Electromagnetism, a science of charge and of the forces and fields related to charge. Electricity and magnetism are 2 aspects of electromagnetism.
In modern life is pervaded by electromagnetic waves phenomena. When we switch on the lightbulb, the current flows through a thin filament in the bulb, and the filament gets heated because of the current flow to such a high temperature that it glows, illuminating its surroundings. In the Electric clocks and connections link simple devices of this kind into complex systems such as traffic lights monitoring that are timed and synchronized with the speed of vehicular flow. The communication devices like Radio and television sets receive information carried by electromagnetic waves traveling through space at the speed of light. To start an automobile such as a motor, currents in an electric starter motor generate magnetic fields that rotate the motor shaft and drive engine pistons to compress an explosive mixture of gasoline and air; the spark which gets initiated to form the combustion is an electric discharge, which makes up a momentary current flow.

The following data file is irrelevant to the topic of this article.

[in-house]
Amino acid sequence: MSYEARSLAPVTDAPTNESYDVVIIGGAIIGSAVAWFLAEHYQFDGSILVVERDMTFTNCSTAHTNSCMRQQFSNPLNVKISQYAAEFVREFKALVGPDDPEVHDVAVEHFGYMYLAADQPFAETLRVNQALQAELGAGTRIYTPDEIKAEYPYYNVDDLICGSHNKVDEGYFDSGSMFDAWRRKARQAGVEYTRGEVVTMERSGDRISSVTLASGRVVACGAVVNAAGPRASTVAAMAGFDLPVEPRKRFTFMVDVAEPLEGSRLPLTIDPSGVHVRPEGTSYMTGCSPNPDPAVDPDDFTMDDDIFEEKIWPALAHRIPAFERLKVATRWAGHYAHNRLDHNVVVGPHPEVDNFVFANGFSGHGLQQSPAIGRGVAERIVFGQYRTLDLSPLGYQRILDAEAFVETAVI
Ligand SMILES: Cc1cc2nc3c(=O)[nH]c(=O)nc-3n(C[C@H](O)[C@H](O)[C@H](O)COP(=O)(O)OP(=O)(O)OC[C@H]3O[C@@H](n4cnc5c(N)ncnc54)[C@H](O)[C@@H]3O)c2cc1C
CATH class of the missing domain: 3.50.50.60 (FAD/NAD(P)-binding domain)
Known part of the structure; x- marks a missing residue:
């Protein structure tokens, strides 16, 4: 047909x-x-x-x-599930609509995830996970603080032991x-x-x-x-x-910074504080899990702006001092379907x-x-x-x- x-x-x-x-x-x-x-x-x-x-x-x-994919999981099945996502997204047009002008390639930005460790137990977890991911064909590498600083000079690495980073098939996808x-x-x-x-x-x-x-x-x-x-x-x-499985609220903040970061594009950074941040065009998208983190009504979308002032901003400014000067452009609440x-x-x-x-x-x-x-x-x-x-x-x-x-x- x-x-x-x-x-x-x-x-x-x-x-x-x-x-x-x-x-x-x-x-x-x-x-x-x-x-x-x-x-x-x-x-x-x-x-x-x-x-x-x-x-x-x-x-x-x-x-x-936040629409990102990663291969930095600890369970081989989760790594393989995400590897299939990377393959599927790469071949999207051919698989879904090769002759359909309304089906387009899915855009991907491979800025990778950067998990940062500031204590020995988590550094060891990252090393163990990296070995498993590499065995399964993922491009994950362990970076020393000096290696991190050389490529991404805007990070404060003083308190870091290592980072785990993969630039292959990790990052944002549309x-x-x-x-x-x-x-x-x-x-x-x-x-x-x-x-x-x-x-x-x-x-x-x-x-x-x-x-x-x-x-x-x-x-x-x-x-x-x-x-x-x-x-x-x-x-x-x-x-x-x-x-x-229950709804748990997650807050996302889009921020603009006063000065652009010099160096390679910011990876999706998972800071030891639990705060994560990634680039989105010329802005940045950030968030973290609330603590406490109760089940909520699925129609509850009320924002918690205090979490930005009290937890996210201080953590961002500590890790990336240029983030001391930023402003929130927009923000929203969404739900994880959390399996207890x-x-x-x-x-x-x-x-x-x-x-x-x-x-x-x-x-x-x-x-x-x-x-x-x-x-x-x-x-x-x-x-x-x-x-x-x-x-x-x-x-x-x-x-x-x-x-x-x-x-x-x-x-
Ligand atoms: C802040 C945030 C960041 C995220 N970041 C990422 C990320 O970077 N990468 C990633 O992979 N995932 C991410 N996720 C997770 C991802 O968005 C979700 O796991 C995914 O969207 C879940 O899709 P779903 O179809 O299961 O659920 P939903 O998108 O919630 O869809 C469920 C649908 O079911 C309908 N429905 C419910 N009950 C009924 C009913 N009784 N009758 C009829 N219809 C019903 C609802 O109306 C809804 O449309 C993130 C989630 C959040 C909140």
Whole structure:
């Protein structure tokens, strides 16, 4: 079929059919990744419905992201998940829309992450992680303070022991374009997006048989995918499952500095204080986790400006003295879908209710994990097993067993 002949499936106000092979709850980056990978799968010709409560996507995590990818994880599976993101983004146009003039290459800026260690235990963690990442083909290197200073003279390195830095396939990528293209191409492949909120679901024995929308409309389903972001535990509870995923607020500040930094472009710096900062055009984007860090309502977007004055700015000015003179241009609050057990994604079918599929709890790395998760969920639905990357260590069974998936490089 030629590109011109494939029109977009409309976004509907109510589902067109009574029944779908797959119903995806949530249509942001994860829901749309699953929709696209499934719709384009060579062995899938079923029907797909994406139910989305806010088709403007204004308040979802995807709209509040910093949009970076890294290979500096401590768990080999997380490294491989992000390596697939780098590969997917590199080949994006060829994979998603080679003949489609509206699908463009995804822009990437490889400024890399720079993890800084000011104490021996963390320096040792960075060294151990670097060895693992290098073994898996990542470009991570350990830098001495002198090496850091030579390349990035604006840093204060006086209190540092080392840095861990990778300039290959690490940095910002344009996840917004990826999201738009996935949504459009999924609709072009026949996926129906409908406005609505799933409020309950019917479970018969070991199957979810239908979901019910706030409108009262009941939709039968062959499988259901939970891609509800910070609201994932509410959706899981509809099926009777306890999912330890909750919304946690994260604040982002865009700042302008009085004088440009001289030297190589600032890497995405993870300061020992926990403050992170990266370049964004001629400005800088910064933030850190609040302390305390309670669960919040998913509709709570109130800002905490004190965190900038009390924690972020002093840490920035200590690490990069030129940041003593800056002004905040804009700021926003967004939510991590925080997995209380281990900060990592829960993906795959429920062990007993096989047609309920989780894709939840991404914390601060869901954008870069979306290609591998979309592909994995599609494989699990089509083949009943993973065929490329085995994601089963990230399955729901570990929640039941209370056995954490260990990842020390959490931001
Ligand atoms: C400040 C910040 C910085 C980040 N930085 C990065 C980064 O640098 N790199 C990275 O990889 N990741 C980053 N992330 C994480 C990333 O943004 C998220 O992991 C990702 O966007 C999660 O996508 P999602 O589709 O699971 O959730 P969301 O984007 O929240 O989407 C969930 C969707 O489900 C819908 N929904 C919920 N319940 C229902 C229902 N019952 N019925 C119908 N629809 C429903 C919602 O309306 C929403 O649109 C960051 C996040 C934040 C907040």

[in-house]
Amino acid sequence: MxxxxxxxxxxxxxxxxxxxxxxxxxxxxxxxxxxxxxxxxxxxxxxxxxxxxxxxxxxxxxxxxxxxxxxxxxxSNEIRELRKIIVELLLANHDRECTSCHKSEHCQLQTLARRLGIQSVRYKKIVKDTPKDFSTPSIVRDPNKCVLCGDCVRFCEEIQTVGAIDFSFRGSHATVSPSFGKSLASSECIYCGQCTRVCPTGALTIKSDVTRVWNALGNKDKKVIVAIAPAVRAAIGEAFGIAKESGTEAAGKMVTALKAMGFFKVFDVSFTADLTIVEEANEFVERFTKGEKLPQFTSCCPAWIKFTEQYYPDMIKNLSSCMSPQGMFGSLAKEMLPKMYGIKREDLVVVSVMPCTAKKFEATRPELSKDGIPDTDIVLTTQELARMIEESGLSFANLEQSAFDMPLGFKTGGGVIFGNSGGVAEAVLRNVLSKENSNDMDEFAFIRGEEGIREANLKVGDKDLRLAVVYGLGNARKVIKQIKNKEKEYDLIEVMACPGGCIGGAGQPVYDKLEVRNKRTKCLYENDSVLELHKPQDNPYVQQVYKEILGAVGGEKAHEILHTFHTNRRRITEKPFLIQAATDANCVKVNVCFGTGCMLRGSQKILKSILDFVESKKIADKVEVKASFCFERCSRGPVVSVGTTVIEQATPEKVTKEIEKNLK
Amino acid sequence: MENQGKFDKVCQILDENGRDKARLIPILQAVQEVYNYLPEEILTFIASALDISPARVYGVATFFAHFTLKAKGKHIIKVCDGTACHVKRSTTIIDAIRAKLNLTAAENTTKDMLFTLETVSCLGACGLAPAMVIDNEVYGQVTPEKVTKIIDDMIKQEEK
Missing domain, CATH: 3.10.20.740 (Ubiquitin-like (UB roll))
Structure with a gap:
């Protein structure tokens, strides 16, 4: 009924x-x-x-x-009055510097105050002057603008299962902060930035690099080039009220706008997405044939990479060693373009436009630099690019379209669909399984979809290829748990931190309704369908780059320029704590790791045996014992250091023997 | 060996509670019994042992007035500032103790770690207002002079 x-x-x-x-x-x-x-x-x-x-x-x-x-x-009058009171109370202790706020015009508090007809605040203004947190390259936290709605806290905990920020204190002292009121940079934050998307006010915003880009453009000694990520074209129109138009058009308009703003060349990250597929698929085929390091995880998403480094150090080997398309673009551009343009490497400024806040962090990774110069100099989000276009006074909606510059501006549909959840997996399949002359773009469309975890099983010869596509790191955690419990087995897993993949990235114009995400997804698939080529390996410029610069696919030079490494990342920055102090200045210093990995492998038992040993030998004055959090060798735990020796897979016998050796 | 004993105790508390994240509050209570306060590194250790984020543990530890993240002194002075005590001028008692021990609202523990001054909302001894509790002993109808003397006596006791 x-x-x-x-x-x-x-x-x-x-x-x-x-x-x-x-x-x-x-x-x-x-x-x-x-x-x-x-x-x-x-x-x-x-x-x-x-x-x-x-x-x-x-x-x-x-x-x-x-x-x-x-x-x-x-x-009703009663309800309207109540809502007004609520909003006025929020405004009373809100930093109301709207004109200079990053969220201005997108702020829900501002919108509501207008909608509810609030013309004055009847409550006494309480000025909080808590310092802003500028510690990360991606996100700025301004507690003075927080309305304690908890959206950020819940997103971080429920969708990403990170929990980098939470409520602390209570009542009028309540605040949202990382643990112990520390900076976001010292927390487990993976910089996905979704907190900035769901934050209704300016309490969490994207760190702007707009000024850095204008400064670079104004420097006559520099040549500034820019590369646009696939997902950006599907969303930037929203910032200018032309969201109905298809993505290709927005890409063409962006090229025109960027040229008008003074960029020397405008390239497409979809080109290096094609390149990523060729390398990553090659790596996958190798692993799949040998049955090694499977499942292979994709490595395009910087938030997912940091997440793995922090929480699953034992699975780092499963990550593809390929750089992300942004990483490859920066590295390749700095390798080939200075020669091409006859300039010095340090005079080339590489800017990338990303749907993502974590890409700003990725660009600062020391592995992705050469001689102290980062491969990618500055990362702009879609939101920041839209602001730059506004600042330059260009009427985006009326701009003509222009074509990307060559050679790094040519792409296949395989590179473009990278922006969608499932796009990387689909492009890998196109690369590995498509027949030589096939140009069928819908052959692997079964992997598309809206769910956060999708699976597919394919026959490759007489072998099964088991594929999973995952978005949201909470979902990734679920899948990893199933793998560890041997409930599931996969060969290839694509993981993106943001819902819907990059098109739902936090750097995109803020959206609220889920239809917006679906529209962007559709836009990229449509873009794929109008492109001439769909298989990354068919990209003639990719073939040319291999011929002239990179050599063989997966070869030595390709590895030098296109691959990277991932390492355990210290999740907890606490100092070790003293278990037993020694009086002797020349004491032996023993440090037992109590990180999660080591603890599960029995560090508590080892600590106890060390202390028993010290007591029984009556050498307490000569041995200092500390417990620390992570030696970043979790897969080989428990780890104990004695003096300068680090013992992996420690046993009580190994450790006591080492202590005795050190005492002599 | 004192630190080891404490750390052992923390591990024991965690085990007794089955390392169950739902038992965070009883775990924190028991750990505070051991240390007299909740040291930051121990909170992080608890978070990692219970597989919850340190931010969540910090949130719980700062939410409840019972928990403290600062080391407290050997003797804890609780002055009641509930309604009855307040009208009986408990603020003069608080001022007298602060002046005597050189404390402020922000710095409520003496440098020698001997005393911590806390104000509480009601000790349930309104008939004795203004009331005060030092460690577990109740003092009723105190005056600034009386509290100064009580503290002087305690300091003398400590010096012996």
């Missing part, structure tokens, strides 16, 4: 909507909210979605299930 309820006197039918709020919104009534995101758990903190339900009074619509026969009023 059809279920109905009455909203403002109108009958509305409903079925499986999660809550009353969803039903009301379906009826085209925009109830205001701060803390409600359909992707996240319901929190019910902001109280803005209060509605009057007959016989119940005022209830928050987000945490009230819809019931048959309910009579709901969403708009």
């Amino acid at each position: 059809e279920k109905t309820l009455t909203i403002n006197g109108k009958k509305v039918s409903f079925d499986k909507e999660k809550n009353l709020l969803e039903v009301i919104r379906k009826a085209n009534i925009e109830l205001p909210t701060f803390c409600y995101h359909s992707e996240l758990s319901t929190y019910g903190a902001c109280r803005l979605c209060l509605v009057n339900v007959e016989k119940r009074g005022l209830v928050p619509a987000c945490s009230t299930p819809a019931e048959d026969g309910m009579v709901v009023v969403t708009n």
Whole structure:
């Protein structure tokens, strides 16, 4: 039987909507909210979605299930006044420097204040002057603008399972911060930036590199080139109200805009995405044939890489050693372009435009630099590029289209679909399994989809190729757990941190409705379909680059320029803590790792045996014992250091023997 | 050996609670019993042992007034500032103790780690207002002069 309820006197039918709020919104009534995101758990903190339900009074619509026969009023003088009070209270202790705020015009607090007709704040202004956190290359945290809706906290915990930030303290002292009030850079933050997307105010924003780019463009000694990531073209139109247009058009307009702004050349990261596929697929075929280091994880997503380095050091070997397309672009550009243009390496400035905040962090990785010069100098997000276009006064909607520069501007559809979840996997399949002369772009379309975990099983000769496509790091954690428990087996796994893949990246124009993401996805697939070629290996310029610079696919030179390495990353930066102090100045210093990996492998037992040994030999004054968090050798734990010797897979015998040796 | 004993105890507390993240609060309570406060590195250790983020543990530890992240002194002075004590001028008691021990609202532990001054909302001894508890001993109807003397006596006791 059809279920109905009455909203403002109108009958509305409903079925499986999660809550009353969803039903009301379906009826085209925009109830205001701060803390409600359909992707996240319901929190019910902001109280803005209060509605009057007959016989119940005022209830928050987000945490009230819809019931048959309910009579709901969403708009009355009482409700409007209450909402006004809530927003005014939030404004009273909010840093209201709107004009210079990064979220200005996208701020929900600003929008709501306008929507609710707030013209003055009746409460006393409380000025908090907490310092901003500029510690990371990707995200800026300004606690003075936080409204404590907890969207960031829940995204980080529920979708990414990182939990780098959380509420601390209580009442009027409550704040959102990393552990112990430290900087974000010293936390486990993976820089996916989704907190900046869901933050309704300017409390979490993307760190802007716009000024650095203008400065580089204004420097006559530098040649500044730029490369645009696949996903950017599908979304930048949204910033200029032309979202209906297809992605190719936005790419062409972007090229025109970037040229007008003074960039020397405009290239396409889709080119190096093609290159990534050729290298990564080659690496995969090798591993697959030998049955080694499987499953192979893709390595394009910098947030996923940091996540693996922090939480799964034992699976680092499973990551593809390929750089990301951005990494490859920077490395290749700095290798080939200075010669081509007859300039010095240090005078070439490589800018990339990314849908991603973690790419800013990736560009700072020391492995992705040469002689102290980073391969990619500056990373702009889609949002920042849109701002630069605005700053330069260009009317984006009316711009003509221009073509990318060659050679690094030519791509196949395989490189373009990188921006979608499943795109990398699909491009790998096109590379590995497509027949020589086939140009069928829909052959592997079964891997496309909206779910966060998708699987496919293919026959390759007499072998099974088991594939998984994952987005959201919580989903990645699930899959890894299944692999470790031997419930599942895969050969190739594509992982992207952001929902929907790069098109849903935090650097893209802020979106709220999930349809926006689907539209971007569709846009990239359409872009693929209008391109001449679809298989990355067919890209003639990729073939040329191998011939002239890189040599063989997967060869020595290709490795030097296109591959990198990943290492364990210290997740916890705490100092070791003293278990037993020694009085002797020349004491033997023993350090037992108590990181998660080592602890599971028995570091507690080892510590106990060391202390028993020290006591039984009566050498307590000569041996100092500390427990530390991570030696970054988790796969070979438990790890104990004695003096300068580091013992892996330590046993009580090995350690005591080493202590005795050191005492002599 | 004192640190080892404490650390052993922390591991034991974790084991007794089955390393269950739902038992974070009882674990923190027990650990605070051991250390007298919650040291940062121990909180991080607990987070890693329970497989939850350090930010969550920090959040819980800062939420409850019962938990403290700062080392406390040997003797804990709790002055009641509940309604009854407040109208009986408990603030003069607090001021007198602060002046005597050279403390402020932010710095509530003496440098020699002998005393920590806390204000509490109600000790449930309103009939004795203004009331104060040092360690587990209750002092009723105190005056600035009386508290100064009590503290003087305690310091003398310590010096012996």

(i) An electromagnet is temporary in nature.
Like Coulomb’s law, the principle of charge conservation is a very fundamental law of nature. According to the principle, the charge of an isolated system (separate system) cannot change. If another positively charged particle appears within a system, a particle with a negative charge of the same magnitude (value) will be created at the same time; thus, the principle of conservation of charge is maintained. In nature, a pair of oppositely charged particles are formed when high-energy radiation interacts with matter; an electron and a positron are formed in this process known as pair production.
The value of the electric field at a particular point in space, for example, equals the force that would be exerted on a unit charge at a particular position in space.
The magnetic force influences only on those charges that are already in motion (moment) and this is transmitted by the magnetic field. Both the magnetic fields and magnetic forces are more complicated to understand than electric fields and electric forces. The magnetic field doesn't point along the direction of the source of the field; rather, it points in a perpendicular direction. In addition, the magnetic force acts in a direction that is perpendicular to the direction of the magnetic field. In comparison, with both the electric force and the electric field which points directly towards or away from the charge.